Lebanon News

Cabinet agrees to consensual decision making

Picture showing ministers during the Cabinet session on Thursday, March 5 2015. (The Daily Star/Mohammad Azakir)

BEIRUT: The first Cabinet session in over two weeks ended Thursday, with Prime Minister Tammam Salam declaring that a consensus formula would replace the body's current decision-making mechanism.

“Given the exceptional circumstances resulting from the 9-month long presidential vacuum, the consensus formula is given a priority in the constitution,” Salam said at the start of the session, according to Information Minister Ramzi Joreige.

Salam stressed that a consensus-based decision making system remains as the “best option” as long as it doesn't lead to disruption in Cabinet, Joreige added.

The information minister did not reveal any amendments to the current mechanism, which requires unanimous support from all 24 ministers on Cabinet decisions, but said that Salam would no longer “tolerate” disruptions resulting from a lack of quorum.

The prime minister also expressed hopes that Cabinet’s one year anniversary would serve as an occasion for the government to reevaluate its work in light of the presidential void, and reiterated the urgent need to elect a presdient, Joreige said.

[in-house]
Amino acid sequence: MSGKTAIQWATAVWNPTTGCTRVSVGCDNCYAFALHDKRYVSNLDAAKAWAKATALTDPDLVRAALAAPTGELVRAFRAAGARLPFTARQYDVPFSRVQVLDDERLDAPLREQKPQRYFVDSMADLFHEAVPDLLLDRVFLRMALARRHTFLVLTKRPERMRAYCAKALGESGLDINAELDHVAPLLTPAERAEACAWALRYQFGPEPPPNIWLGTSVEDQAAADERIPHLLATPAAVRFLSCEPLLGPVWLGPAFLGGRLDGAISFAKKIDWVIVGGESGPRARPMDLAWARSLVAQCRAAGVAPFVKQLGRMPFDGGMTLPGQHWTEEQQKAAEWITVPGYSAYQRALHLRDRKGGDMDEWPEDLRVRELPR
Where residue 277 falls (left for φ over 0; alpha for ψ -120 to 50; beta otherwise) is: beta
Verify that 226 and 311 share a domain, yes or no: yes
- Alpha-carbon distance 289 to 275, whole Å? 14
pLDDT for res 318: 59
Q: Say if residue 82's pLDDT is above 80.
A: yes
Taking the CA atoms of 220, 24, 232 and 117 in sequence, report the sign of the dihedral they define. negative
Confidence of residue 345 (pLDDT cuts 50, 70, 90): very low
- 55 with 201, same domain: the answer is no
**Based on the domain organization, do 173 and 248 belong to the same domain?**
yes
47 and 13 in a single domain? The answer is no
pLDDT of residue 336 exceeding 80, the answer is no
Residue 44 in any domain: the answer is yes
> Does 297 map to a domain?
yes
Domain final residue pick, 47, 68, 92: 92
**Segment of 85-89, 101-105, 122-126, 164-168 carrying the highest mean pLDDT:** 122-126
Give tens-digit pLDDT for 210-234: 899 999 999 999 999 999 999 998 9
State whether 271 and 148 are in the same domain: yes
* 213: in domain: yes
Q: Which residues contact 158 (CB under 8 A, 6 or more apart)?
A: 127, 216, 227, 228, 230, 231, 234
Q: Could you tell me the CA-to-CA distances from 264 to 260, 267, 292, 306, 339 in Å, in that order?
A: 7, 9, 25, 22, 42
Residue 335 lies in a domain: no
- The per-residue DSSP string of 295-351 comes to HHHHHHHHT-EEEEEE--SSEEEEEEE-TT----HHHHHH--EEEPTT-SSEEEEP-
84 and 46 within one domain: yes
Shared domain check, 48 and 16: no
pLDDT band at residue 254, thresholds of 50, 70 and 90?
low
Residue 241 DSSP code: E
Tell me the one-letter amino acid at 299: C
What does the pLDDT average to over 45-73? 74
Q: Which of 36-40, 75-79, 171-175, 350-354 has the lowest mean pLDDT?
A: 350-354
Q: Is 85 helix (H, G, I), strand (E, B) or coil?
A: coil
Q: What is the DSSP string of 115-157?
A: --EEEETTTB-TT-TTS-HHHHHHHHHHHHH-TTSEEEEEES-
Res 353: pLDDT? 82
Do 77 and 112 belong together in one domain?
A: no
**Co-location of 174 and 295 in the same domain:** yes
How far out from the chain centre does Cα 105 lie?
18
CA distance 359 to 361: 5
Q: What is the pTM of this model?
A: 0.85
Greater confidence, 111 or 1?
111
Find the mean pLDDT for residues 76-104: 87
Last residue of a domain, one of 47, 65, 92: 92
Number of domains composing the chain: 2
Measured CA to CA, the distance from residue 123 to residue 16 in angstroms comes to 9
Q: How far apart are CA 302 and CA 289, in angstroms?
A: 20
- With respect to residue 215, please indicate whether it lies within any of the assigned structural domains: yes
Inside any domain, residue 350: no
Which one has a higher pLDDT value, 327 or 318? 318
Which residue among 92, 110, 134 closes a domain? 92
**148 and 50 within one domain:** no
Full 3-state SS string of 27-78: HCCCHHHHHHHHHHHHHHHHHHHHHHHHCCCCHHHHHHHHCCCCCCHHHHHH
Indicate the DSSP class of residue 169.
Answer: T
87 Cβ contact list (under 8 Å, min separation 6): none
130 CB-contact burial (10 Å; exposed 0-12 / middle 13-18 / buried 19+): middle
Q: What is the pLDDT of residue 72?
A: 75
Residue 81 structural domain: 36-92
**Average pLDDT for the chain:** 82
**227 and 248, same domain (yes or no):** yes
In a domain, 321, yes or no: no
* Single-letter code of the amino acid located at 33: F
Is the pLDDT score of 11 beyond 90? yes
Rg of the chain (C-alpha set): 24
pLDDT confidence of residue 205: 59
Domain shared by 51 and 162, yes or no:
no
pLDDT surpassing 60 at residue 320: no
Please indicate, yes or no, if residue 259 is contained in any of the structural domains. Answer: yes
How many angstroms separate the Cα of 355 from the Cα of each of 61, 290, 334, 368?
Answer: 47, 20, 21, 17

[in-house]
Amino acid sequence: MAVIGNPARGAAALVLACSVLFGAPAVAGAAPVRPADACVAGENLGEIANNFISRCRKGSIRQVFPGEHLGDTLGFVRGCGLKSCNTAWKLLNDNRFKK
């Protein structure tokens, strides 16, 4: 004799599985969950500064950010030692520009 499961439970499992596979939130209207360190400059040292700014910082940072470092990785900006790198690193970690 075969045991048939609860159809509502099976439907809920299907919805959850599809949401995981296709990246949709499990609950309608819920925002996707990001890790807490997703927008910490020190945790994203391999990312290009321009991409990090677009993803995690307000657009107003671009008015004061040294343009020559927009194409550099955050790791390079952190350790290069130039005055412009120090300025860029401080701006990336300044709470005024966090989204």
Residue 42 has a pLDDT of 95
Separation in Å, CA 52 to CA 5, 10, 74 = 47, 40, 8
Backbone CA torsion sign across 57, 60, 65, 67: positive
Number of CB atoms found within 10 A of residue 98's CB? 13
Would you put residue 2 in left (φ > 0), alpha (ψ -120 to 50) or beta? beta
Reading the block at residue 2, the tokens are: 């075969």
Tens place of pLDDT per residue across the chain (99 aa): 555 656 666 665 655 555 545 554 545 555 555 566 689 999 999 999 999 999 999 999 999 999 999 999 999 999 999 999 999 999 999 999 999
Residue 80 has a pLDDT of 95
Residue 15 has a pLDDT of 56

Cabinet then proceeded to study delayed agenda items that had been postponed due to the two-week pause in Cabinet’s work.

The three-hour long session ended with ministers agreeing on five regular agenda items.

According to ministerial sources, the consensus formula, which was agreed upon during Salam’s consultations with all blocs represented in the Cabinet, calls for consensus to be the basis of the government’s work. If any minister objects to a Cabinet decision relating to a non-exceptional matter and on which the majority of political blocs agree, it will not be postponed but will be approved, the sources said.

They added that ministers who oppose any decision can register their reservations, something that was not applied in previous sessions before Salam suspended Cabinet sessions last month.

In addition, the deal calls for all items on the agenda to obtain prior consent from all major political blocs so that they can be approved with the required speed, the sources said.

The agreement also calls on ministers to avoid using Cabinet sessions as a platform for political duels, as was often the case in the past.

With regard to Cabinet decrees that need the president’s signature after they have been signed by the prime minister, the relevant minister and the finance minister, they would be presented to the ministers to sign them, the sources said. If one or more ministers refused to sign, the Constitution would be applied in this case, which means that the decrees would become effective after 15 days, the sources added.

 

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